Languages specialist: Changing world, changing job

Don Reutershan, Maine DOE’s world languages specialist, says it’s an exciting time to be involved in language instruction.

By Tess Wrobleski and Lynne Cooney

Article image: Don Reutershan discusses his job.
Don Reutershan, world languages specialist at the Maine Department of Education, discusses his job in an interview.

Don Reutershan has spent much of his time over the past few years making the connections needed to ensure Maine schools have the teachers they need to teach Spanish, Chinese and other languages.

Now, the Maine Department of Education’s world languages specialist is turning his focus to using online technology to expand access to foreign language instruction and helping schools successfully implement a standards-based course of study that requires students to master foreign language skills before they graduate.

In a recent interview, Reutershan described his March trip to China to recruit Chinese language teachers through the College Board’s Chinese Guest Teacher Program and the fast pace of change in his job amid a shifting world order.

Below are excerpts.

Describe your recent trip to China and what was accomplished.

The purpose is to bring Chinese teachers to the United States to help with establishing programs of Chinese and also for expanding current programs of Chinese, because we don’t have enough teachers to fill all the positions or all the programs. We find this is one way to provide for some of those teachers.

We interview candidates who are teachers. All of the people who we see are Chinese native speakers; they’re Chinese citizens and they have been teaching for at least three years. And they also have a minimum level of proficiency in English. They have at least the equivalent of a BA degree.

At the end of the week we all got together and we made decisions on which candidates we wanted for our states.

How many Chinese teachers are in our Maine school systems now?

We have 15 schools that have Chinese programs. Of those 15 schools, three have teachers from this guest teacher program. The other schools have native-speaking Chinese teachers who are here living in Maine or they are Americans who have learned Chinese.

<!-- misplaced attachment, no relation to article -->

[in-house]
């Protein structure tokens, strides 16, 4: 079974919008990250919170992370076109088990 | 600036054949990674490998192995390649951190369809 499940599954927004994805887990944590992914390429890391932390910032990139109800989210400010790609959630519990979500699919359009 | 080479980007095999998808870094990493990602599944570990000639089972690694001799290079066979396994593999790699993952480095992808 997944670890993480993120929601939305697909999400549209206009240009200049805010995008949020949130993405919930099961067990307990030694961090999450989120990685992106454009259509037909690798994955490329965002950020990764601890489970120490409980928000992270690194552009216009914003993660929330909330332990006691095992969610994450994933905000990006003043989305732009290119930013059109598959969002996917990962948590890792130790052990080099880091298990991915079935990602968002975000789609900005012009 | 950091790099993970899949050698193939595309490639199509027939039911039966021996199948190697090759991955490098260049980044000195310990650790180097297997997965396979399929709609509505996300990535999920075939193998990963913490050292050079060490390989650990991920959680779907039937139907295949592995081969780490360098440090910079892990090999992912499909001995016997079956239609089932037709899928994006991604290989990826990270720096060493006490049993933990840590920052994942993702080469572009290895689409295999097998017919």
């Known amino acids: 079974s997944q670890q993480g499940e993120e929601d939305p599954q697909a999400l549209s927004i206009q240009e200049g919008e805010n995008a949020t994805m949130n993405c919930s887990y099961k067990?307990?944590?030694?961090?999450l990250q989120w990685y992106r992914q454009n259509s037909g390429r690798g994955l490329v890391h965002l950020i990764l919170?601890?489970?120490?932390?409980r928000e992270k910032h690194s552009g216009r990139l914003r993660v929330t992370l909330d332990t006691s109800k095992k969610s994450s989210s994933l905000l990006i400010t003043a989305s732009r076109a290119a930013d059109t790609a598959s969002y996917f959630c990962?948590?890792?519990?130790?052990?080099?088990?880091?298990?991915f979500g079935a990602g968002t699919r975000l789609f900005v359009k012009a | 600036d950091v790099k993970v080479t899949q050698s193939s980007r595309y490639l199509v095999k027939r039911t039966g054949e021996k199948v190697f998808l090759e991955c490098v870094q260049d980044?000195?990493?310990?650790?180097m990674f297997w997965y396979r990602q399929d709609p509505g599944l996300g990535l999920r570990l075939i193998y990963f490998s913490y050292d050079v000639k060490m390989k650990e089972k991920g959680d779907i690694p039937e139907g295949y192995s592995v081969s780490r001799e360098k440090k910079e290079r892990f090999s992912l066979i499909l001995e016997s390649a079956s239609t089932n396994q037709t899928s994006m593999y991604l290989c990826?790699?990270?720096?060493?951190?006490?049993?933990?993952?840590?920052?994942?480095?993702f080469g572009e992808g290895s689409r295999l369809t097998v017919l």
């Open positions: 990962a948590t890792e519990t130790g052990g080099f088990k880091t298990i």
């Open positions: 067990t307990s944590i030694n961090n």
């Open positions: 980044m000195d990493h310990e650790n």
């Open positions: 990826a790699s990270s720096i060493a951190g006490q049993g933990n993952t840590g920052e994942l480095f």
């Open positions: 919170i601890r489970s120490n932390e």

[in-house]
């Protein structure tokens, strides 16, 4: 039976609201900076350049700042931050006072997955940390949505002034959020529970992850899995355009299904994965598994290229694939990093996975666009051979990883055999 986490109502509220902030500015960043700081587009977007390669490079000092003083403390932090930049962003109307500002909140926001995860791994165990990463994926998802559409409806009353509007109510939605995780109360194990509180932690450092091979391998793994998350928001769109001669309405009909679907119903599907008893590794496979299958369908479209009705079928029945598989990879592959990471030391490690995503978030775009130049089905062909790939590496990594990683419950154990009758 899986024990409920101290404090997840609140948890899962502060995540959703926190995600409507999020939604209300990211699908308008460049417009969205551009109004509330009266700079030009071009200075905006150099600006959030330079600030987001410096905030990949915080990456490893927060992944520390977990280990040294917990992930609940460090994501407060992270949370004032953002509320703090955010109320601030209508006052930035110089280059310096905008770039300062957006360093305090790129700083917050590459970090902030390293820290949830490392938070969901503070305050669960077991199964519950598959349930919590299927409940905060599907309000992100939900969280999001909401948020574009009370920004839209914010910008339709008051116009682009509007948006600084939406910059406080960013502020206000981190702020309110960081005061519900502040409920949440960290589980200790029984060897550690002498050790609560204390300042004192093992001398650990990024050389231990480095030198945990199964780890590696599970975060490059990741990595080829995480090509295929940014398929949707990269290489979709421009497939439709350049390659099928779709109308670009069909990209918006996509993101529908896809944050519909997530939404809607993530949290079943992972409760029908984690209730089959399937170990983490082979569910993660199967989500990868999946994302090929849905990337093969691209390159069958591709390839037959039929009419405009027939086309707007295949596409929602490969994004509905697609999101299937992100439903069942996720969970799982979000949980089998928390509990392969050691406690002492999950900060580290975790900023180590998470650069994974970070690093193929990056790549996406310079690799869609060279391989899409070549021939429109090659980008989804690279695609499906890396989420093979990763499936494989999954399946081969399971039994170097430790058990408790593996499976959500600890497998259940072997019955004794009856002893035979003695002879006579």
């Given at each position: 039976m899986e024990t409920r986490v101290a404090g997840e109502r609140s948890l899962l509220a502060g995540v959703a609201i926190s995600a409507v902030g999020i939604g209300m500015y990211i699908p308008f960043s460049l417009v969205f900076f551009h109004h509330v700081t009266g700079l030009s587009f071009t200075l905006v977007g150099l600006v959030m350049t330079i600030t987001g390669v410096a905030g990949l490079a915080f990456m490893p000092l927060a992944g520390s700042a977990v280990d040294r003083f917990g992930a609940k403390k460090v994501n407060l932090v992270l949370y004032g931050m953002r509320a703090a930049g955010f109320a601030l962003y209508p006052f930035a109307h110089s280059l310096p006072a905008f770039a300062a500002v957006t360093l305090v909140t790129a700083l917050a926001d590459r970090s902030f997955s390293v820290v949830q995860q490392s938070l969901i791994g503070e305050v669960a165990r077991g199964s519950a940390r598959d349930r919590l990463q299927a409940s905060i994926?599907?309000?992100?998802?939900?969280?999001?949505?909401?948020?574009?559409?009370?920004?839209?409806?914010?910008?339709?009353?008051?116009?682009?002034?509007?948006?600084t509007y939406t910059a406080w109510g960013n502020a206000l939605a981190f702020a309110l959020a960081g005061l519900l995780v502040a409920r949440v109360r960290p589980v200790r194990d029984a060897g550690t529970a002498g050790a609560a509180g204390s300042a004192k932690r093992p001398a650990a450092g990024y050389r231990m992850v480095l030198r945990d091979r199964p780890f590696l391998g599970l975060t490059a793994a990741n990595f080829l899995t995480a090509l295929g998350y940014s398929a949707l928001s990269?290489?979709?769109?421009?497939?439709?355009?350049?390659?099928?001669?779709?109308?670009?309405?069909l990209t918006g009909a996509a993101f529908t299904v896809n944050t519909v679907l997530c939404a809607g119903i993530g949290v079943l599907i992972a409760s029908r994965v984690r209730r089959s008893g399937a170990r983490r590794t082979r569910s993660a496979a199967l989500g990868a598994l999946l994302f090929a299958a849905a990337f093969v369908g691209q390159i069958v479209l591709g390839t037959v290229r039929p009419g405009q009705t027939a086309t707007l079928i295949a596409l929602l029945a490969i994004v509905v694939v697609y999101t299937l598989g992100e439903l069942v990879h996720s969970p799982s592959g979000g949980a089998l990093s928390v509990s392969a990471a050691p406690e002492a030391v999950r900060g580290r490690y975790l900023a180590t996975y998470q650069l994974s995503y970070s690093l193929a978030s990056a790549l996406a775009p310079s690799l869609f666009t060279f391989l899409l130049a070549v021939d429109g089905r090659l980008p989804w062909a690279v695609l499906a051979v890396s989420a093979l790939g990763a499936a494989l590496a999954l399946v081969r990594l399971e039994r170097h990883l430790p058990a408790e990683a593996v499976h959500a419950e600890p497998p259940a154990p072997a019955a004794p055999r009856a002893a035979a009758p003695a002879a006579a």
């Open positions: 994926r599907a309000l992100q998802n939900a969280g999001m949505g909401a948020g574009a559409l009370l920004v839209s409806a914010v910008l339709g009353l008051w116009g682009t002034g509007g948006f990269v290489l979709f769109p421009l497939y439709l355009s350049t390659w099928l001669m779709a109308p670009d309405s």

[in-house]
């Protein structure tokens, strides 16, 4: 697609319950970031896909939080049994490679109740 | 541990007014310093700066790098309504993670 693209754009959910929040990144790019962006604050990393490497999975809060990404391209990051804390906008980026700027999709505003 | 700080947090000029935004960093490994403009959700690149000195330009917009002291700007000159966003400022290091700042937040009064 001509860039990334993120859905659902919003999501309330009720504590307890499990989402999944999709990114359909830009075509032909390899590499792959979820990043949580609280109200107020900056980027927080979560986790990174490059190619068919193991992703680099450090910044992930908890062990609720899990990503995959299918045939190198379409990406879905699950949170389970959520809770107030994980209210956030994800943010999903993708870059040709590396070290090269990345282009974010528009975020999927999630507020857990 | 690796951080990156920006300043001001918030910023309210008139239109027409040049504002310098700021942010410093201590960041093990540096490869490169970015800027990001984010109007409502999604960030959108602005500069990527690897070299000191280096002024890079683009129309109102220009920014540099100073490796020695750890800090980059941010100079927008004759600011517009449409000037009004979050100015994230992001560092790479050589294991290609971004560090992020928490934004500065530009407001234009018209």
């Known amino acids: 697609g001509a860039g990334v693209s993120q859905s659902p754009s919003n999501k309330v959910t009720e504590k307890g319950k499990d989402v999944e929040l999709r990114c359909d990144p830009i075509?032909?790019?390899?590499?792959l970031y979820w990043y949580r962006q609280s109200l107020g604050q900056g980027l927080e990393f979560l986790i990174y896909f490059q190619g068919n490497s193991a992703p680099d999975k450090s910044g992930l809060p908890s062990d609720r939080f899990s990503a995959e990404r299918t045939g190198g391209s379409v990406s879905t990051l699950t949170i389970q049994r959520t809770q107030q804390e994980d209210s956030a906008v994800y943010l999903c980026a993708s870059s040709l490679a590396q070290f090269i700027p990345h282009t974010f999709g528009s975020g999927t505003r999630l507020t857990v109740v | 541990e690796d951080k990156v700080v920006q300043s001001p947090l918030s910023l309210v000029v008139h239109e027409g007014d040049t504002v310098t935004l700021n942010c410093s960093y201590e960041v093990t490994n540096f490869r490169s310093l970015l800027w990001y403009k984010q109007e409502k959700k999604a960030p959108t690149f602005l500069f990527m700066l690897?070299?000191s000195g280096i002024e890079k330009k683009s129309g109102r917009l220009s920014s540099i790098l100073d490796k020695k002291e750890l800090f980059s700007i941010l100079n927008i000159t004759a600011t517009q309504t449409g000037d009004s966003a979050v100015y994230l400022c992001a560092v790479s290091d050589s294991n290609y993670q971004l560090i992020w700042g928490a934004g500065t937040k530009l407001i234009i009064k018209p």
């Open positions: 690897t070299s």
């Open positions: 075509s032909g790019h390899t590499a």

How are these teachers incorporated into the curriculum at their new school?

As far as incorporation into the school, we require that each of these teachers have two mentors. One is a professional mentor, such as a teacher mentor who is there to help them, to meet with them on a regular basis. Also, there is a mentor who we call a cultural mentor, someone who can help the teacher with those cultural questions and situations that come up because of the very differences we have found and we see in the culture between where they are coming from and Maine.

Are you involved in online language classes?

I think that (online courses) are a very important piece that we need to do more of in Maine, especially with the languages because we don’t have all the teachers we need.

Here in the state there is a big capacity issue. We need to use technology more in language classrooms; we need to provide those online opportunities and right now we don’t have that many in the state. We have a couple colleagues who work in technology, and I would like to work with them so we can provide more online opportunities.

The one caution that I always throw into the mix for online learning is you have to make sure that there are certain criteria, and one of the most important is there has to be that two-way communication between the teacher and the student and also communications among students — which can and, in fact, does occur in online learning.

Anything else you would like to discuss with us?

Because the world is changing very fast, my work is also changing. It’s very exciting.

I’m looking forward to the next phase, and the fact that we’re talking about all students learning languages, and as we look forward to a standards-based diploma where all students will have to demonstrate that they can meet the standards of not just math and English, but all eight content areas, including languages. I think that will be a very exciting time as we move forward to prepare teachers and students to do that.

Lynne Cooney and Tess Wrobleski are recent graduates of Falmouth High School.

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